Afghan finance minister rejects civil war 'doomsday' scenario

AFP , Monday 18 Nov 2013

Afghanistan's finance minister on Monday rejected "doomsday" predictions that the impoverished country would plunge back into civil war when the bulk of US-led troops exit.

Many international observers have voiced fears Afghanistan could descend into civil war after the 2014 exit of Western combat forces -- similar to the conflict the country experienced in the 1990s.

But Afghan Finance Minister Omar Zakhilwal told a business audience in the Indian capital that "the doomsday analysis in which ethnically-based political factions in Afghanistan will descend into civil war" was unfounded.

These predictions will "be proved wrong", Zakhilwal told the Federation of Indian Chambers of Commerce and Industry.

Next April's presidential elections "will be held on time -- they are not going to lead to crisis, the Afghan people will accept as president whoever gets a majority of votes", Zakhilwal said.

"There will be no civil war," Zakhilwal said as he pitched for foreign investment in the landlocked nation at a conference on "Doing Business With Afghanistan".

The presidential elections are seen as laying the base for a future Afghanistan as the United States and other Western nations wind down their military commitment but the political process has been fraught with discord.

President Hamid Karzai, accused by opponents of widespread corruption, is constitutionally barred from seeking a third term.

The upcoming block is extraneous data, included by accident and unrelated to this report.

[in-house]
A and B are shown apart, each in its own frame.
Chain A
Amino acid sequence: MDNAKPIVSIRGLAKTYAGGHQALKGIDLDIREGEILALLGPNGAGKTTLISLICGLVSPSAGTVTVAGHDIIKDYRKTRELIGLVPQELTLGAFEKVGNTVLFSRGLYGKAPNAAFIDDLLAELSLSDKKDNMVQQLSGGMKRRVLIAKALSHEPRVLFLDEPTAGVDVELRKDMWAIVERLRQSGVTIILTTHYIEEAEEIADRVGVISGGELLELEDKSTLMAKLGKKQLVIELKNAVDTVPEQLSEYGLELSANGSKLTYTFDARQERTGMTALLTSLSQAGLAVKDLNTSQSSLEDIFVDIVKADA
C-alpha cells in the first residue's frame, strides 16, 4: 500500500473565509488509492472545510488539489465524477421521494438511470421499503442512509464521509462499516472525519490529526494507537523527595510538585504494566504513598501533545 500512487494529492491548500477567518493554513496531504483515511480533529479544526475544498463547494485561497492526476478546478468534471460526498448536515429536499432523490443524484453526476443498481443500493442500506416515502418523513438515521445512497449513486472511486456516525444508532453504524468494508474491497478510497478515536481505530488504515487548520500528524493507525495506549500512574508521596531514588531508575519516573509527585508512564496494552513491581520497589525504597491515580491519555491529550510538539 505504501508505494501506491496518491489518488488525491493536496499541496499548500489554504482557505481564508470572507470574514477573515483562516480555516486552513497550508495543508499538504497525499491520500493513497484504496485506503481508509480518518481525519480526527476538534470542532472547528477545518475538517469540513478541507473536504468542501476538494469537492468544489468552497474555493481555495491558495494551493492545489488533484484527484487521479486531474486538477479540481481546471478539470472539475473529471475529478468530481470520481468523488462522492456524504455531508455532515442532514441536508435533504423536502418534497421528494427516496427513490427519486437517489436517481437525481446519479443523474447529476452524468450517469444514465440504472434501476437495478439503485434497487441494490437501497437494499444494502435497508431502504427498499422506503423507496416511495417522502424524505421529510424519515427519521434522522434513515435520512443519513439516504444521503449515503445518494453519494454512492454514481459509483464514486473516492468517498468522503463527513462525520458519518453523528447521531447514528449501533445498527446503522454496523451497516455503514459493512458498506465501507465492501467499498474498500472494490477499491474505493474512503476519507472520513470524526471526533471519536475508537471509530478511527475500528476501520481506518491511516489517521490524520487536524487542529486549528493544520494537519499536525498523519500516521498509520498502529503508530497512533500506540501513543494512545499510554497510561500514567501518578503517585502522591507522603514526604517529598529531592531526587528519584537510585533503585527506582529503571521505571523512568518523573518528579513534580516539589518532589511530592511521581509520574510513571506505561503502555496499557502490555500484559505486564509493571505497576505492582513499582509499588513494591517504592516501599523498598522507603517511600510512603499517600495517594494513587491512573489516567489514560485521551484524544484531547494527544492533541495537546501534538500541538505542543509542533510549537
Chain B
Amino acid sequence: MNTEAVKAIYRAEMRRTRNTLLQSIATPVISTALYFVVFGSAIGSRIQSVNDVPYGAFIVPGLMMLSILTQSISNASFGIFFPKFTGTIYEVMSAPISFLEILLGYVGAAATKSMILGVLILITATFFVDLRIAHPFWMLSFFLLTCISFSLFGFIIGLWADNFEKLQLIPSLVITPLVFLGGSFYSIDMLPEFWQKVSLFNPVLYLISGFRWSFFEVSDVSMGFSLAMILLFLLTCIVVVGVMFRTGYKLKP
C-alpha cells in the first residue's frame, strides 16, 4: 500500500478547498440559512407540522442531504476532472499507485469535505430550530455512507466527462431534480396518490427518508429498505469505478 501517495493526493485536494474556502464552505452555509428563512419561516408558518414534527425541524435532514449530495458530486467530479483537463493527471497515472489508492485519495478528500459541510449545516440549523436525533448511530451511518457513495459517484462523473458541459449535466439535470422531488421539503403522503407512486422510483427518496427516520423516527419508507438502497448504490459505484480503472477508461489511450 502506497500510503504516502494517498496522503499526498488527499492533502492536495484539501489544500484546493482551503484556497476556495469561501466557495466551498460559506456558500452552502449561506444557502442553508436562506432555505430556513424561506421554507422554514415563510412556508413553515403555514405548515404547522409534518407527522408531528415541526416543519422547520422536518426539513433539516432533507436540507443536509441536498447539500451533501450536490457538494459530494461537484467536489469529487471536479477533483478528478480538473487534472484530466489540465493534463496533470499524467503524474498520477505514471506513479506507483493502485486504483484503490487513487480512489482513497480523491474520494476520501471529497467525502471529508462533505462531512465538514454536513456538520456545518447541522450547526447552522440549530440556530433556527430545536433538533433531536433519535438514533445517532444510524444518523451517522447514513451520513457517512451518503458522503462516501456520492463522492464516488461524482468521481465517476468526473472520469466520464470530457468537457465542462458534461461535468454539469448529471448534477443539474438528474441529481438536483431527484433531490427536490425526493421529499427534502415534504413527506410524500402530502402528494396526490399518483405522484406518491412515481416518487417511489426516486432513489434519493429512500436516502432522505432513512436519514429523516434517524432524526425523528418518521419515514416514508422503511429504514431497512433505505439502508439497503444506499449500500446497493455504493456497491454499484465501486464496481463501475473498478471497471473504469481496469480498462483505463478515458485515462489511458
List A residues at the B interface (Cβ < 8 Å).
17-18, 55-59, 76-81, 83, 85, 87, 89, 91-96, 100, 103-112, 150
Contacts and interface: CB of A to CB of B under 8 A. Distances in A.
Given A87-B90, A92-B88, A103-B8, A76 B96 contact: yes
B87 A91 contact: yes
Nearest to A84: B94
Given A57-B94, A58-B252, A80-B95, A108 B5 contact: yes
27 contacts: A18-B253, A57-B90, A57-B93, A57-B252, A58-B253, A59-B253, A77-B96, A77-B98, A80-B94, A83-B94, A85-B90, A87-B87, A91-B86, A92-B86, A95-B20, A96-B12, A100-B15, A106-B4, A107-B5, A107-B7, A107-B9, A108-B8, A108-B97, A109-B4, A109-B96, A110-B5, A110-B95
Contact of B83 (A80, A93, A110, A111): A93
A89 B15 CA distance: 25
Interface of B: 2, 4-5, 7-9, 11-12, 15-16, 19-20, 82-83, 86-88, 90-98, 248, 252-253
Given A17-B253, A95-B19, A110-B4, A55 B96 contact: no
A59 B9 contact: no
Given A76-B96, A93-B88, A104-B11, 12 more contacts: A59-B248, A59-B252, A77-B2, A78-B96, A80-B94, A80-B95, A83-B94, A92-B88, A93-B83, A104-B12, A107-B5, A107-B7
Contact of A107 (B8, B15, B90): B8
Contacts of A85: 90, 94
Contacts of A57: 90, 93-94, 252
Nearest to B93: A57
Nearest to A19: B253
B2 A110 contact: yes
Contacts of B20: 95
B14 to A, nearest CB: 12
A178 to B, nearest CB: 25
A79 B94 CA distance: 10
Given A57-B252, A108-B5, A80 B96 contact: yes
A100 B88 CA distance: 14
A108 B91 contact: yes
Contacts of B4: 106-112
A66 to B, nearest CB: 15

Most of NATO's troops are due to pull out of Afghanistan by the end of 2014 and a credible election is seen as vital to stability in Afghanistan's first-ever democratic power transfer.

Meanwhile, overshadowing a recent announcement of 10 presidential candidates is a forthcoming "loya jirga", or grand assembly of tribal elders, which will decide on a crucial security pact with the United States.

If the agreement is passed, up to 10,000 US troops will stay in Afghanistan to help fight Al-Qaeda remnants and train the army.

There are fears if a deal is not reached, all American troops will pull out and local forces will struggle to contain the Taliban.

But Zakhilwal said Afghan security forces were more than capable of ensuring peace in the country.

"Wherever international forces have withdrawn and Afghan forces taken over, not only they have maintained the security, they have improved upon the security," he said.

The minister added that satellite television, mobile phones and other forms of communication had "transformed the mindsets" of the nation.

From no mobile phones a dozen years ago, the nation of 30 million now has 18.5 million cellular connections, Zakhilwal said.

"The idea of going backward and depriving people of privileges the rest of the world enjoys is impossible," he said.

Indian Foreign Minister Salman Khurshid in a speech at the forum promised the "greatest support it is possible to give" during Afghanistan's election process "and beyond".

"We have no exit policy," Khurshid said.

India, which has given $2 billion in reconstruction aid to Afghanistan since the Taliban regime was ousted in 2001, been a key supporter of Kabul's government.

Both India and Pakistan are locked in a struggle for influence in Afghanistan. Afghanistan has close links with India while Pakistan is seen as backing the Taliban as it attempts to keep Kabul from getting too cosy with New Delhi.

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